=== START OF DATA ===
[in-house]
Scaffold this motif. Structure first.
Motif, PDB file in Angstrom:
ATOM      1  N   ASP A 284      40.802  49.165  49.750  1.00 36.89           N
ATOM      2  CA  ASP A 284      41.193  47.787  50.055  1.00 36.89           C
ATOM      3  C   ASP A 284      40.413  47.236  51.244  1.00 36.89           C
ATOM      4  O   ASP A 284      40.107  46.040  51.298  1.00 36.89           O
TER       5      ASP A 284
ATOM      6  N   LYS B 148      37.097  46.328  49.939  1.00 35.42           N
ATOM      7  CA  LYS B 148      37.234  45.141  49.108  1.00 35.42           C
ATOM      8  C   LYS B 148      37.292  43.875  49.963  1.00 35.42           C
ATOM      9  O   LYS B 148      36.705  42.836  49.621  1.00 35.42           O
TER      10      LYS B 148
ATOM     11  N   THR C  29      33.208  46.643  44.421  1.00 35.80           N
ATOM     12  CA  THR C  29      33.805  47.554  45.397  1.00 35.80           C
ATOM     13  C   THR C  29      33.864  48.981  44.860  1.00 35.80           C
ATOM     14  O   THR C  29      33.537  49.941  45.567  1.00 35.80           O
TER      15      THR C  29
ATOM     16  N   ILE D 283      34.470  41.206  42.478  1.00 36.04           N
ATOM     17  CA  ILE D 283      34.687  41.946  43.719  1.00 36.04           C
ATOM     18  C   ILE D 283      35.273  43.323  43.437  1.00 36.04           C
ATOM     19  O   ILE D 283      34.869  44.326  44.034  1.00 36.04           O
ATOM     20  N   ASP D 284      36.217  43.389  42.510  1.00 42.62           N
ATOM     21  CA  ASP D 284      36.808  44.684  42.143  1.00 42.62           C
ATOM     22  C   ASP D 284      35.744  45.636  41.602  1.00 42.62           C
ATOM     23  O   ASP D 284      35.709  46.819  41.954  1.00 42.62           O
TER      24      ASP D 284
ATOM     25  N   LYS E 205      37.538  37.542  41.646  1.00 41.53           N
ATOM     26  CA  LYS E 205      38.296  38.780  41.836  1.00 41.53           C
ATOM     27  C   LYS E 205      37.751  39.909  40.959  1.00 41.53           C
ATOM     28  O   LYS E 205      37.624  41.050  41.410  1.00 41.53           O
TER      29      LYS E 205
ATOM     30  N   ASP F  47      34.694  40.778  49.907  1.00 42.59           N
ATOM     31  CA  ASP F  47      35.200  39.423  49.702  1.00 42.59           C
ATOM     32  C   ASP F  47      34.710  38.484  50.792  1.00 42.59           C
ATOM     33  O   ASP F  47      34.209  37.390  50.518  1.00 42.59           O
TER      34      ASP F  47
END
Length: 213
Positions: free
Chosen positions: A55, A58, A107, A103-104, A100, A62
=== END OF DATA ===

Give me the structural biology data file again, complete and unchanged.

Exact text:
[in-house]
Scaffold this motif. Structure first.
Motif, PDB file in Angstrom:
ATOM      1  N   ASP A 284      40.802  49.165  49.750  1.00 36.89           N
ATOM      2  CA  ASP A 284      41.193  47.787  50.055  1.00 36.89           C
ATOM      3  C   ASP A 284      40.413  47.236  51.244  1.00 36.89           C
ATOM      4  O   ASP A 284      40.107  46.040  51.298  1.00 36.89           O
TER       5      ASP A 284
ATOM      6  N   LYS B 148      37.097  46.328  49.939  1.00 35.42           N
ATOM      7  CA  LYS B 148      37.234  45.141  49.108  1.00 35.42           C
ATOM      8  C   LYS B 148      37.292  43.875  49.963  1.00 35.42           C
ATOM      9  O   LYS B 148      36.705  42.836  49.621  1.00 35.42           O
TER      10      LYS B 148
ATOM     11  N   THR C  29      33.208  46.643  44.421  1.00 35.80           N
ATOM     12  CA  THR C  29      33.805  47.554  45.397  1.00 35.80           C
ATOM     13  C   THR C  29      33.864  48.981  44.860  1.00 35.80           C
ATOM     14  O   THR C  29      33.537  49.941  45.567  1.00 35.80           O
TER      15      THR C  29
ATOM     16  N   ILE D 283      34.470  41.206  42.478  1.00 36.04           N
ATOM     17  CA  ILE D 283      34.687  41.946  43.719  1.00 36.04           C
ATOM     18  C   ILE D 283      35.273  43.323  43.437  1.00 36.04           C
ATOM     19  O   ILE D 283      34.869  44.326  44.034  1.00 36.04           O
ATOM     20  N   ASP D 284      36.217  43.389  42.510  1.00 42.62           N
ATOM     21  CA  ASP D 284      36.808  44.684  42.143  1.00 42.62           C
ATOM     22  C   ASP D 284      35.744  45.636  41.602  1.00 42.62           C
ATOM     23  O   ASP D 284      35.709  46.819  41.954  1.00 42.62           O
TER      24      ASP D 284
ATOM     25  N   LYS E 205      37.538  37.542  41.646  1.00 41.53           N
ATOM     26  CA  LYS E 205      38.296  38.780  41.836  1.00 41.53           C
ATOM     27  C   LYS E 205      37.751  39.909  40.959  1.00 41.53           C
ATOM     28  O   LYS E 205      37.624  41.050  41.410  1.00 41.53           O
TER      29      LYS E 205
ATOM     30  N   ASP F  47      34.694  40.778  49.907  1.00 42.59           N
ATOM     31  CA  ASP F  47      35.200  39.423  49.702  1.00 42.59           C
ATOM     32  C   ASP F  47      34.710  38.484  50.792  1.00 42.59           C
ATOM     33  O   ASP F  47      34.209  37.390  50.518  1.00 42.59           O
TER      34      ASP F  47
END
Length: 213
Positions: free
Chosen positions: A55, A58, A107, A103-104, A100, A62